Iron Man 2
The New Suit is a Lot Like the Old Suit
Starring: Robert Downey, Jr., Mickey Rourke
By Tom Bevis
Remember Iron Man? Remember, despite quick comic book clichés and at least one ridiculous mood-killing one liners (this is the very reason that made 2008’s Incredible Hulk better than the first Iron Man picture) how good it was? And do you remember how fans walking out of the film had already convinced themselves that they loved the yet-to-exist sequel? So do I.
It seems clear to me that Jon Favreau, director of Iron Man and it’s kid brother, Iron Man 2, got a thrill from getting away with the power of the first film and decides, what the hell, and decides to up the ante on his needless destruction quota by falling into Michael Bay-style action scenes and fight sequences. I admit that the first Iron Man film had maintained a decent balance between the steel-and-cement beatdown and centralization of the characters. In the sequel, he’s lost the balance, bringing in an armored sidekick, an armored enemy, and an army of armored armor drones.
At least he didn’t get as carried away as Sam Raimi did with Spider-Man 3.
The filmmakers clearly try to replicate the success of their initial film by creating a near carbon copy of it. Everything – from the long, over-edited engineering scenes to the rise, fall, and redemption of the titular character – are present in place, with minor tweaks and adjustment to keep Downey’s (otherwise brilliant) rendition of Tony Stark in the foreground.
This isn’t a problem, I’d say, with modern filmgoers, because it keeps the movie familiar and recognizable. Easily relatable to the original, so-to-say. But for anyone looking for a little more depth, this film may disappoint. Even the main personal plight of Tony Stark is rushed as it takes the second-seat to outlandish cybernetic destruction.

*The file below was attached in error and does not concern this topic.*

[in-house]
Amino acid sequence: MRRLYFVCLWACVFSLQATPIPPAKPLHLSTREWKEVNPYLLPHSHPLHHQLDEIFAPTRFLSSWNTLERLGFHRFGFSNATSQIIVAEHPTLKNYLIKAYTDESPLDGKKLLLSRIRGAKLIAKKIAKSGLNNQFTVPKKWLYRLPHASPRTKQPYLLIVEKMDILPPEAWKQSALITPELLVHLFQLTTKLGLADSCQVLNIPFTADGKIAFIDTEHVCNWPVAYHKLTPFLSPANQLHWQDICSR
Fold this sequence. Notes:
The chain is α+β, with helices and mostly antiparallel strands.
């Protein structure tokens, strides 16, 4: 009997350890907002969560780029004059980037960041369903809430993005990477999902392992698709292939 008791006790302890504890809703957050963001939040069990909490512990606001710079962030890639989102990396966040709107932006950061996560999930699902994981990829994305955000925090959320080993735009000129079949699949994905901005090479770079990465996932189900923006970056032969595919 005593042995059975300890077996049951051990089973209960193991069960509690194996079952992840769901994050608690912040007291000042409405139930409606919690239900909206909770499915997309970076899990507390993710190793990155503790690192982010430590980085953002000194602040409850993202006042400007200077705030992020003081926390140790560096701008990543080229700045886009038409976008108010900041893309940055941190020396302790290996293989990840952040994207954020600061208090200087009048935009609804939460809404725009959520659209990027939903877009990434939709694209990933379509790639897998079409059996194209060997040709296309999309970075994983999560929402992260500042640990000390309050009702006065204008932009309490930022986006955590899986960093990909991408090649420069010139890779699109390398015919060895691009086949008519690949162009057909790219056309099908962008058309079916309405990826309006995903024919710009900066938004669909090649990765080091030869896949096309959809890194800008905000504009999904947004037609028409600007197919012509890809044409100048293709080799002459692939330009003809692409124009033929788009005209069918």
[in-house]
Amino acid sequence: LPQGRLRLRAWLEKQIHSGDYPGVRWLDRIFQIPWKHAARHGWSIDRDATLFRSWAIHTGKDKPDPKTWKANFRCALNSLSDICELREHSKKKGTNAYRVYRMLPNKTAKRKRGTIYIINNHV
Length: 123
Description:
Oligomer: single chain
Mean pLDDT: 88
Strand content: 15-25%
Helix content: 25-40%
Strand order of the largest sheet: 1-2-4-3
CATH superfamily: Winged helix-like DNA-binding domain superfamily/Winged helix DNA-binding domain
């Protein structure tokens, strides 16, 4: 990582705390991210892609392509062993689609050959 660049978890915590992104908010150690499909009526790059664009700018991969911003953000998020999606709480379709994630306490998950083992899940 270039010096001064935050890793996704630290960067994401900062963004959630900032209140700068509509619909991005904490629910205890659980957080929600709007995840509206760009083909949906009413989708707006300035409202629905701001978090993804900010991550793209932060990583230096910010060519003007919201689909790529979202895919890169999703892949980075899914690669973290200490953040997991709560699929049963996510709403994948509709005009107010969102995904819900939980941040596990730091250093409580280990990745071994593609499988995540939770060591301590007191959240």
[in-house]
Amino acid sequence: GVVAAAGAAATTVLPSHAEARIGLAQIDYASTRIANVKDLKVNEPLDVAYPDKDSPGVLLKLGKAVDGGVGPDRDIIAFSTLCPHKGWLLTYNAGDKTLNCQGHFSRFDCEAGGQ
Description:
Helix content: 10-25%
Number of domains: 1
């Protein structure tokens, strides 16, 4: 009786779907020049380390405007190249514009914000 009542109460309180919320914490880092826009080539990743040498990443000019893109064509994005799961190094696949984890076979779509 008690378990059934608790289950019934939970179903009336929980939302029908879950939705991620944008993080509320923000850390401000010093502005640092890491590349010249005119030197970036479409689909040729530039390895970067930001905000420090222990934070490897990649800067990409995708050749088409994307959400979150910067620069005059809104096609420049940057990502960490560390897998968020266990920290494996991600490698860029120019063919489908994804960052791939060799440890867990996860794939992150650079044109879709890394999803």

New characters breathe a new and interesting dimension into the film to make up for all the rehashed material that make the film so trite, and are easily the film’s saving grace. Sam Rockwell, if given more screen time, could easily have stolen the show as Justin Hammer, president of a rival arms company. He’s narrow face and weasel-like appearance match him with his character perfectly, and his comprehension of the script make him a more effective villain than Mickey Rourke (a usual favorite of mine), who struggles with a phony Russian accent and shows of his grill, clearly having taken lessons from T-Pain.
Scarlett Johansson isn’t as brittle and clueless as she could have been, diverting what may have been a casting disaster and ultimately making the best of a less-than-perfect situation. While her romantic innuendo virtually bleeds with a lack of interest, she nails her action scenes perfectly. You may be wondering where she got her moves from to prepare for the role. I have a suspicion it wasn’t from Hollywood’s last comic-book meltdown, The Spirit. jon Favreau also adds himself into the fold, shamelessly casting himself as Stark’s bodyguard, Happy Hogan, and becoming the keener comic relief to Downey’s woeful verbal slapstick.
The storyline of the film is effective and operations fully-functionally as a sequel in addition to digging deeper the well that will become the Avengers film. The new members of the cast are, for the most part, spot-on. But the bottom line is, though, that Iron Man 2 just seems to familiar, whether from the previous picture or rival Hollywood smash-and-bash flicks of past or present (I’m talking about you, Michael Bay).